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Role Clarity on Projects [Blog]

Most organisations have a number of business improvement projects on the go at the same time as regular operational activities. I have observed that this often provides an exciting platform for staff to put up their hand to learn new areas of the business, gain some work experience, and to enjoy something different to work on, rather than what they would normally be doing in their regular job.
It can also be a time when confusion about new reporting lines, responsibilities and deadlines arise. All of a sudden a person appointed to a project can have two or more managers, additional responsibilities to their day-to-day tasks, new deadlines and they become unclear of their responsibilities and what their priorities need to be.
This often results in not only project milestones being missed but original tasks not being completed either – a ‘lose lose’ situation for everybody.
Clearly thinking through and defining new project roles, and how they will fit with current roles is crucial to productive teams and successful projects. Here are some simple steps to approach effectively transitioning your people from operational roles to project roles for the life of a project:

  1. Define your project schedule
    It sounds obvious, but confirming a project schedule with timeframes and deliverables is the first step to understanding who you will need for what. How will your project team know what they are supposed to be doing if you don’t? This will also help you to recruit the right people with the right skills.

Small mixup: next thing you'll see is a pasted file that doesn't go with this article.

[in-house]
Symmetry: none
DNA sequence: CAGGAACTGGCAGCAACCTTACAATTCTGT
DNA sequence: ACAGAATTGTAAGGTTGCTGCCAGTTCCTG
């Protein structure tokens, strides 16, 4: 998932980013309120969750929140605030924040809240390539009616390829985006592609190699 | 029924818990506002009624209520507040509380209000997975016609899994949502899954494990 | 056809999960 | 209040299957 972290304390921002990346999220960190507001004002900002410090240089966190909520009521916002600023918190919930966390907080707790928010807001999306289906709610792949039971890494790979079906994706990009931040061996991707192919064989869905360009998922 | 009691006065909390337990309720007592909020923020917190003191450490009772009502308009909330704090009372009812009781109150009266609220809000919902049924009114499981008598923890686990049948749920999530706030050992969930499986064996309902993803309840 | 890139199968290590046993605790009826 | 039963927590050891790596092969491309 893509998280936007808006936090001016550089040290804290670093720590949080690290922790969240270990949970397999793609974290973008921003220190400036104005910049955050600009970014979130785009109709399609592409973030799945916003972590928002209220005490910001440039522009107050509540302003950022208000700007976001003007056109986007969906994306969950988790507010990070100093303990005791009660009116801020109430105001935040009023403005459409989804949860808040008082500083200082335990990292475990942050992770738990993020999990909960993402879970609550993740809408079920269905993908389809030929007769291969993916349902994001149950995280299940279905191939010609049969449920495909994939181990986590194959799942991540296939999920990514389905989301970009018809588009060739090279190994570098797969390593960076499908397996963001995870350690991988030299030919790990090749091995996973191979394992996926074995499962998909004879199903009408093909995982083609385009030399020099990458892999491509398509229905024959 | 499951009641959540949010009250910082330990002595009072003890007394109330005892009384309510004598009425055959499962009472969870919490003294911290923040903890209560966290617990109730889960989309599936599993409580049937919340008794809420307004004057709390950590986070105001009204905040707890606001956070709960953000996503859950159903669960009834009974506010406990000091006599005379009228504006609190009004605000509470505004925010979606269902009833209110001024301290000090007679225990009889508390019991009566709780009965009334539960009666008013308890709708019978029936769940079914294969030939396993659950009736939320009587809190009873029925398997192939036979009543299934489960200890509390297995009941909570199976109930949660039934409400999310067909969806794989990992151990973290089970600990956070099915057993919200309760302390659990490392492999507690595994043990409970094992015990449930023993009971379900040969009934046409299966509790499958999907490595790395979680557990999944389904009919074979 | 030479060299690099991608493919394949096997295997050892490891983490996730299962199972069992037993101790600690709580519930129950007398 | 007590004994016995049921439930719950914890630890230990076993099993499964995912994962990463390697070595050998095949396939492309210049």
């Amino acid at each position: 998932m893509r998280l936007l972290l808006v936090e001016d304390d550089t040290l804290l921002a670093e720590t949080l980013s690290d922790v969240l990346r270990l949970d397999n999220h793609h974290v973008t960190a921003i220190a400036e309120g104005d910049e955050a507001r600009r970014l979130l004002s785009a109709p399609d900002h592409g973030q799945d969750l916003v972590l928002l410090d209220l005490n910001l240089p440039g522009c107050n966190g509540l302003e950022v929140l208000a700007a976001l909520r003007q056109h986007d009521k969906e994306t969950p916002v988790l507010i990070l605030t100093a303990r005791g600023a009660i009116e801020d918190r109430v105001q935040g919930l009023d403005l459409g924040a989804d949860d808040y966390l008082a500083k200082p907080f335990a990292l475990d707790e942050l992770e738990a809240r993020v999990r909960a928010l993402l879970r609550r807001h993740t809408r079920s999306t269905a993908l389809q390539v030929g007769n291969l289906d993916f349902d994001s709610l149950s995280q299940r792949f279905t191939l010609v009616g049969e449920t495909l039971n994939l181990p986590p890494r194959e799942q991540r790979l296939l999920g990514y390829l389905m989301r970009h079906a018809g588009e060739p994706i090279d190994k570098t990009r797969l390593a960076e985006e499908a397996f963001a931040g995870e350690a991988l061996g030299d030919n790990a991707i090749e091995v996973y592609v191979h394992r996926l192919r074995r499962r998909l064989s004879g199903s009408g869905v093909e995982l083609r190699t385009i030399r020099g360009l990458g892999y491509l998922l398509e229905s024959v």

2. Define project structure
    Even projects need an organisational structure to demonstrate roles and reporting lines. This needs to show roles right up to your project sponsor at the top. This also needs to have the approval and endorsement of the sponsor.
  3. Document new role descriptions and deliverables
    When defining the new role, ensure you document the percentage of time this role will take from the person’s capacity (i.e. is it 100% or just 40%?) and what are they going to achieve in their time they are to allocate to the new role? Tie this back to the deliverables in the project schedule.
  4. Gain support and approval from relevant leaders
    Ensure the project sponsors and the managers of the people you are seconding sign off on the new roles. Specifically ensure the managers know how much of their people’s time you will be utilising. This will also trigger the consideration of which elements of the operational role can be paused or reallocated. Have them communicate this to their teams, and when the appropriate time comes, communicate to the wider organisation.
  5. Implement
    After your people have been selected, go through all of the above individually with each person that will be joining you on the project. Think about how their induction can set them up for success eg tools required and whether they should be relocated to a different office area.
  6. Evaluate
    Ensure you regularly check in with each person to measure progress and help them to remove barriers such as lapsing back into old roles.
  7. Disband the team
    Once the project closes, support the transition of your project team members back to their regular teams.

Utilising current staff members for business improvement project roles definitely has its benefits, whether it be new opportunities for capability development, cross skilling, job variety, or simply a new challenge. It all leads to happy people; however, it all must be in conjunction with the appropriate planning and preparation for it to succeed.

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TMS Consulting